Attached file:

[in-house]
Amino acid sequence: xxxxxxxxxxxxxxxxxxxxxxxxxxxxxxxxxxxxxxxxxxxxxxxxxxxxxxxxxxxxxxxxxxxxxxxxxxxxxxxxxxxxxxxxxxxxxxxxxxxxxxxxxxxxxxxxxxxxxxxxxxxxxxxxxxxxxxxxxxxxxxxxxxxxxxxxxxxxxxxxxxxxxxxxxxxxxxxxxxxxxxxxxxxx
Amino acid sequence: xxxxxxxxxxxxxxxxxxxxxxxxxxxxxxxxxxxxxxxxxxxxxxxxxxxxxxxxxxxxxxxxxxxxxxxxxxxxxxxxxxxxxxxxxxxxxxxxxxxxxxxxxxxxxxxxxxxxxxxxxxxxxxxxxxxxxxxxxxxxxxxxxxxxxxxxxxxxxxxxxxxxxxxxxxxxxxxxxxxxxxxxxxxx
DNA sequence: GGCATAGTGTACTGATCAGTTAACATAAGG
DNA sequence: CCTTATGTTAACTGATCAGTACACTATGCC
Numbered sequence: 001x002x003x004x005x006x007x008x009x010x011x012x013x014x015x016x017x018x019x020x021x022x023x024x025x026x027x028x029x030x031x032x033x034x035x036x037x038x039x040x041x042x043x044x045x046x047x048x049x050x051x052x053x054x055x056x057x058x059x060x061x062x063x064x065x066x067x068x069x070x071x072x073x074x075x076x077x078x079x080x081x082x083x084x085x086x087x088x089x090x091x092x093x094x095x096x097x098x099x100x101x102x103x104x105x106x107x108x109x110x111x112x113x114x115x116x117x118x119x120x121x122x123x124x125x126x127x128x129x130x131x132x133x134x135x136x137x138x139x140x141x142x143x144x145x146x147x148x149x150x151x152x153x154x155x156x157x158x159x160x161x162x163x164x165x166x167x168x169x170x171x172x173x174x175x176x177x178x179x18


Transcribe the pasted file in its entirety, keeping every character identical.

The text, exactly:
[in-house]
Amino acid sequence: xxxxxxxxxxxxxxxxxxxxxxxxxxxxxxxxxxxxxxxxxxxxxxxxxxxxxxxxxxxxxxxxxxxxxxxxxxxxxxxxxxxxxxxxxxxxxxxxxxxxxxxxxxxxxxxxxxxxxxxxxxxxxxxxxxxxxxxxxxxxxxxxxxxxxxxxxxxxxxxxxxxxxxxxxxxxxxxxxxxxxxxxxxxx
Amino acid sequence: xxxxxxxxxxxxxxxxxxxxxxxxxxxxxxxxxxxxxxxxxxxxxxxxxxxxxxxxxxxxxxxxxxxxxxxxxxxxxxxxxxxxxxxxxxxxxxxxxxxxxxxxxxxxxxxxxxxxxxxxxxxxxxxxxxxxxxxxxxxxxxxxxxxxxxxxxxxxxxxxxxxxxxxxxxxxxxxxxxxxxxxxxxxx
DNA sequence: GGCATAGTGTACTGATCAGTTAACATAAGG
DNA sequence: CCTTATGTTAACTGATCAGTACACTATGCC
Numbered sequence: 001x002x003x004x005x006x007x008x009x010x011x012x013x014x015x016x017x018x019x020x021x022x023x024x025x026x027x028x029x030x031x032x033x034x035x036x037x038x039x040x041x042x043x044x045x046x047x048x049x050x051x052x053x054x055x056x057x058x059x060x061x062x063x064x065x066x067x068x069x070x071x072x073x074x075x076x077x078x079x080x081x082x083x084x085x086x087x088x089x090x091x092x093x094x095x096x097x098x099x100x101x102x103x104x105x106x107x108x109x110x111x112x113x114x115x116x117x118x119x120x121x122x123x124x125x126x127x128x129x130x131x132x133x134x135x136x137x138x139x140x141x142x143x144x145x146x147x148x149x150x151x152x153x154x155x156x157x158x159x160x161x162x163x164x165x166x167x168x169x170x171x172x173x174x175x176x177x178x179x18